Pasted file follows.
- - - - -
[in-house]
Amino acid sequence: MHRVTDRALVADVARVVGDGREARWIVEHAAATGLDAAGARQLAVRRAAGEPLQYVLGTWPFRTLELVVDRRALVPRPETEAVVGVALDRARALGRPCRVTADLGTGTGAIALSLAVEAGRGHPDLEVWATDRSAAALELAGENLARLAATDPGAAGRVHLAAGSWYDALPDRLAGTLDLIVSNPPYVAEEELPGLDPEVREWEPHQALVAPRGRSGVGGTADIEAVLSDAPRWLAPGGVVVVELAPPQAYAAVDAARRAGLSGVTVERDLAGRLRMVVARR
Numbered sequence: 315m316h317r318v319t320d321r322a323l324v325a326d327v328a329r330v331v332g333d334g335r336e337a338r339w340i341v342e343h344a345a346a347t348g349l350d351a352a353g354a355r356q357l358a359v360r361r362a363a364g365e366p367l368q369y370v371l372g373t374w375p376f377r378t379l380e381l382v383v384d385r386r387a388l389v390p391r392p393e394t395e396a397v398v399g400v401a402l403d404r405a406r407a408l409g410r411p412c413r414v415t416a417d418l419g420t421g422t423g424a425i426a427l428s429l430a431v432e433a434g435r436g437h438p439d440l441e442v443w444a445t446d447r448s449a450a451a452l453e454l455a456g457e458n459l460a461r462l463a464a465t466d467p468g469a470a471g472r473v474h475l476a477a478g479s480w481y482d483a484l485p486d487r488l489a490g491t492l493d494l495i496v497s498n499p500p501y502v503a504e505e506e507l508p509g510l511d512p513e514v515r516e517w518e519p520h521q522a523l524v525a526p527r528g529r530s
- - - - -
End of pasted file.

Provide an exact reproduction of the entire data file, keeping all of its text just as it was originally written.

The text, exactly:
[in-house]
Amino acid sequence: MHRVTDRALVADVARVVGDGREARWIVEHAAATGLDAAGARQLAVRRAAGEPLQYVLGTWPFRTLELVVDRRALVPRPETEAVVGVALDRARALGRPCRVTADLGTGTGAIALSLAVEAGRGHPDLEVWATDRSAAALELAGENLARLAATDPGAAGRVHLAAGSWYDALPDRLAGTLDLIVSNPPYVAEEELPGLDPEVREWEPHQALVAPRGRSGVGGTADIEAVLSDAPRWLAPGGVVVVELAPPQAYAAVDAARRAGLSGVTVERDLAGRLRMVVARR
Numbered sequence: 315m316h317r318v319t320d321r322a323l324v325a326d327v328a329r330v331v332g333d334g335r336e337a338r339w340i341v342e343h344a345a346a347t348g349l350d351a352a353g354a355r356q357l358a359v360r361r362a363a364g365e366p367l368q369y370v371l372g373t374w375p376f377r378t379l380e381l382v383v384d385r386r387a388l389v390p391r392p393e394t395e396a397v398v399g400v401a402l403d404r405a406r407a408l409g410r411p412c413r414v415t416a417d418l419g420t421g422t423g424a425i426a427l428s429l430a431v432e433a434g435r436g437h438p439d440l441e442v443w444a445t446d447r448s449a450a451a452l453e454l455a456g457e458n459l460a461r462l463a464a465t466d467p468g469a470a471g472r473v474h475l476a477a478g479s480w481y482d483a484l485p486d487r488l489a490g491t492l493d494l495i496v497s498n499p500p501y502v503a504e505e506e507l508p509g510l511d512p513e514v515r516e517w518e519p520h521q522a523l524v525a526p527r528g529r530s